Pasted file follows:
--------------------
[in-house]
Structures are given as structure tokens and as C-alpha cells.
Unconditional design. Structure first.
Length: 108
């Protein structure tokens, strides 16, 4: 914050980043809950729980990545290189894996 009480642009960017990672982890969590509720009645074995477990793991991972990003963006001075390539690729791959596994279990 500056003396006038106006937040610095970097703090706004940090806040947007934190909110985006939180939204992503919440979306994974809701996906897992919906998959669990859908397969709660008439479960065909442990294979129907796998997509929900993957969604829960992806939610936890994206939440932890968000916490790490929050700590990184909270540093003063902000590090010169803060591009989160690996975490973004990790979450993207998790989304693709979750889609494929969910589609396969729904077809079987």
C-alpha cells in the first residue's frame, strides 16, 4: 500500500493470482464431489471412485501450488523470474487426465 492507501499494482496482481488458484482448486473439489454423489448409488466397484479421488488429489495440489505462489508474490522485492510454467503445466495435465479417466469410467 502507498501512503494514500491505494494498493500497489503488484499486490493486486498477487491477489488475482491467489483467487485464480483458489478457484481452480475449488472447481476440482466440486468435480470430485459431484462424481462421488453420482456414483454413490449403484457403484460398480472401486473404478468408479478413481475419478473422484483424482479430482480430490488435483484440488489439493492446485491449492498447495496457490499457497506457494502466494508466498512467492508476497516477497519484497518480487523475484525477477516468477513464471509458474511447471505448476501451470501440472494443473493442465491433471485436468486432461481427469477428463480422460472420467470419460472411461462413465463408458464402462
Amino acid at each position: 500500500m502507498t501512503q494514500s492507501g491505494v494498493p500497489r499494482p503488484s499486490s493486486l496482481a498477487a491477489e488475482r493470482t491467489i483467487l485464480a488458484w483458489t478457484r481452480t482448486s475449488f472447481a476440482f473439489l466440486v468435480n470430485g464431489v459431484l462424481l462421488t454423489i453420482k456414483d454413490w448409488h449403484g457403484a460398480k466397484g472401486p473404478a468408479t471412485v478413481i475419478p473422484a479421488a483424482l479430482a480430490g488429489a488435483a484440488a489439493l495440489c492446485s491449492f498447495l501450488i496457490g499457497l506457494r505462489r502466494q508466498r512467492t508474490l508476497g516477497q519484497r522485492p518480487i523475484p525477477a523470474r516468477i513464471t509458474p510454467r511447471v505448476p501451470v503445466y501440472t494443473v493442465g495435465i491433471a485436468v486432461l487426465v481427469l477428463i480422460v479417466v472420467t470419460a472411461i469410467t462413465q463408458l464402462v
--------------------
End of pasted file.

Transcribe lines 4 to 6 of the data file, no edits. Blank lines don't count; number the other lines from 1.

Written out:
Length: 108
């Protein structure tokens, strides 16, 4: 914050980043809950729980990545290189894996 009480642009960017990672982890969590509720009645074995477990793991991972990003963006001075390539690729791959596994279990 500056003396006038106006937040610095970097703090706004940090806040947007934190909110985006939180939204992503919440979306994974809701996906897992919906998959669990859908397969709660008439479960065909442990294979129907796998997509929900993957969604829960992806939610936890994206939440932890968000916490790490929050700590990184909270540093003063902000590090010169803060591009989160690996975490973004990790979450993207998790989304693709979750889609494929969910589609396969729904077809079987």
C-alpha cells in the first residue's frame, strides 16, 4: 500500500493470482464431489471412485501450488523470474487426465 492507501499494482496482481488458484482448486473439489454423489448409488466397484479421488488429489495440489505462489508474490522485492510454467503445466495435465479417466469410467 502507498501512503494514500491505494494498493500497489503488484499486490493486486498477487491477489488475482491467489483467487485464480483458489478457484481452480475449488472447481476440482466440486468435480470430485459431484462424481462421488453420482456414483454413490449403484457403484460398480472401486473404478468408479478413481475419478473422484483424482479430482480430490488435483484440488489439493492446485491449492498447495496457490499457497506457494502466494508466498512467492508476497516477497519484497518480487523475484525477477516468477513464471509458474511447471505448476501451470501440472494443473493442465491433471485436468486432461481427469477428463480422460472420467470419460472411461462413465463408458464402462